- Hydrogen as a fuel offers a carbon-free alternative for hard-to-abate sectors such as heavy road transport, domestic heating, and industries like steel and cement.
- There are several methods of producing hydrogen, the most common being steam methane reforming, which can be a carbon-intensive process.
- Biomass gasification with CCS is a form of bioenergy with carbon capture and storage (BECCS) that can produce hydrogen and negative emissions – removing CO2 permanently from the atmosphere.
- The development of both BECCS and hydrogen technologies will determine how intrinsically connected the two are in a net zero future.
Reaching net zero means more than just transitioning to renewable and low carbon electricity generation. The whole UK economy must transform where its energy comes from to low-emissions sources. This includes ‘hard-to-abate’ industries like steel, cement, and heavy goods vehicles (HGVs), as well as areas such as domestic heating.
One solution is hydrogen. The ultra-light element can be used as a fuel that when combusted in air produces only heat, water vapour, and nitrous oxide. As hydrogen is a carbon-free fuel, a so-called ‘hydrogen economy’ has the potential to decarbonise hard-to-abate sectors.
While hydrogen is a zero-carbon fuel its production methods can be carbon-intensive. For a hydrogen economy to operate within a net zero UK carbon-neutral means of producing it are needed at scale. And biomass, energy from organic material – with or without carbon capture and storage (in the case of BECCS)– could have a key role to play.
In January 2022, the UK government launched a £5 million Hydrogen BECCS Innovation Programme. It aims to develop technologies that can both produce hydrogen for hard-to-decarbonise sectors and remove CO2 from the atmosphere. The initiative highlights the connected role that biomass and hydrogen can have in supporting a net zero UK.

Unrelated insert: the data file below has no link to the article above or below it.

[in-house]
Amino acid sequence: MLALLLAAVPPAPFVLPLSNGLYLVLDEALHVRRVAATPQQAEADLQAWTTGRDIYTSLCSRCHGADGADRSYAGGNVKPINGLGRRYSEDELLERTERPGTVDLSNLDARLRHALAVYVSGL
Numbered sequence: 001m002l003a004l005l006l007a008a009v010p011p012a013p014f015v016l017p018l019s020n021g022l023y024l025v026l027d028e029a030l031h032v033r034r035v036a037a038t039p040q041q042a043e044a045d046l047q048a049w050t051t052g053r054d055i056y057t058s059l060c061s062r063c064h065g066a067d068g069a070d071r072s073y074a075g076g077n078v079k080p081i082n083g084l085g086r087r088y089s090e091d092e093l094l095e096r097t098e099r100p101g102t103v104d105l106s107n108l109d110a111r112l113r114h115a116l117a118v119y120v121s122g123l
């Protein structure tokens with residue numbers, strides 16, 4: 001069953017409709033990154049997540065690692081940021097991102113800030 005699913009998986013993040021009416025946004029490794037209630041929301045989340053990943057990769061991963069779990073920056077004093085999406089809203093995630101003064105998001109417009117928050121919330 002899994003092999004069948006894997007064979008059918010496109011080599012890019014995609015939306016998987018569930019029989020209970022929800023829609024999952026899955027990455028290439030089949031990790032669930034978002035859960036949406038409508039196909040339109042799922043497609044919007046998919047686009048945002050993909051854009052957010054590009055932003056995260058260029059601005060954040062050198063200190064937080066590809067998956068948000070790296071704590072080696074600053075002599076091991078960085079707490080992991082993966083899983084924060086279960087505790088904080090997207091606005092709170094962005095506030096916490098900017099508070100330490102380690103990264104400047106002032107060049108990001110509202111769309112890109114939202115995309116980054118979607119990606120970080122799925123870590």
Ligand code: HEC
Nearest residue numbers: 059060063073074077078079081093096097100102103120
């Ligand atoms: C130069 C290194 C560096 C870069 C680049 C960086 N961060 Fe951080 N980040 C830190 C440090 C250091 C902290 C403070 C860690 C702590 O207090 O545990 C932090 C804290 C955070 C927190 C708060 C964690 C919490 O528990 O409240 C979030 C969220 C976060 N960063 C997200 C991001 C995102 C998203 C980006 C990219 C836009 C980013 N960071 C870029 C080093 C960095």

Producing hydrogen at scale
Hydrogen is the lightest and most abundant element in the universe. However, it rarely exists on its own. It’s more commonly found alongside oxygen in the familiar form of H2O. Because of its tendency to form tight bonds with other elements, pure streams of hydrogen must be manufactured rather than extracted from a well, like oil or natural gas.
As much as 70 million tonnes of hydrogen is produced each year around the world, mainly to make ammonia fertiliser and chemicals such as methanol, or to remove impurities during oil refining. Of that hydrogen, 96% is made from fossil fuels, primarily natural gas, through a process called steam methane reforming, of which hydrogen and CO2 are products. Without the use of carbon capture, utilisation, and storage (CCUS) technologies the CO2 is released into the atmosphere, where it acts as a greenhouse gas and contributes to climate change.
Another method of producing hydrogen is electrolysis. This process uses an electric current to break water down into hydrogen and oxygen molecules. Like charging an electric vehicle, this method is only low carbon if the electricity sources powering it are as well.
For electrolysis to support hydrogen production at scale depends on a net zero electricity grid built around renewable electricity sources such as wind, solar, hydro, and biomass.
However, bioenergy with carbon capture and storage (BECCS) offers another means of producing carbon-free renewable hydrogen, while also removing emissions from the atmosphere and storing it – permanently.
Producing hydrogen and negative emissions with biomass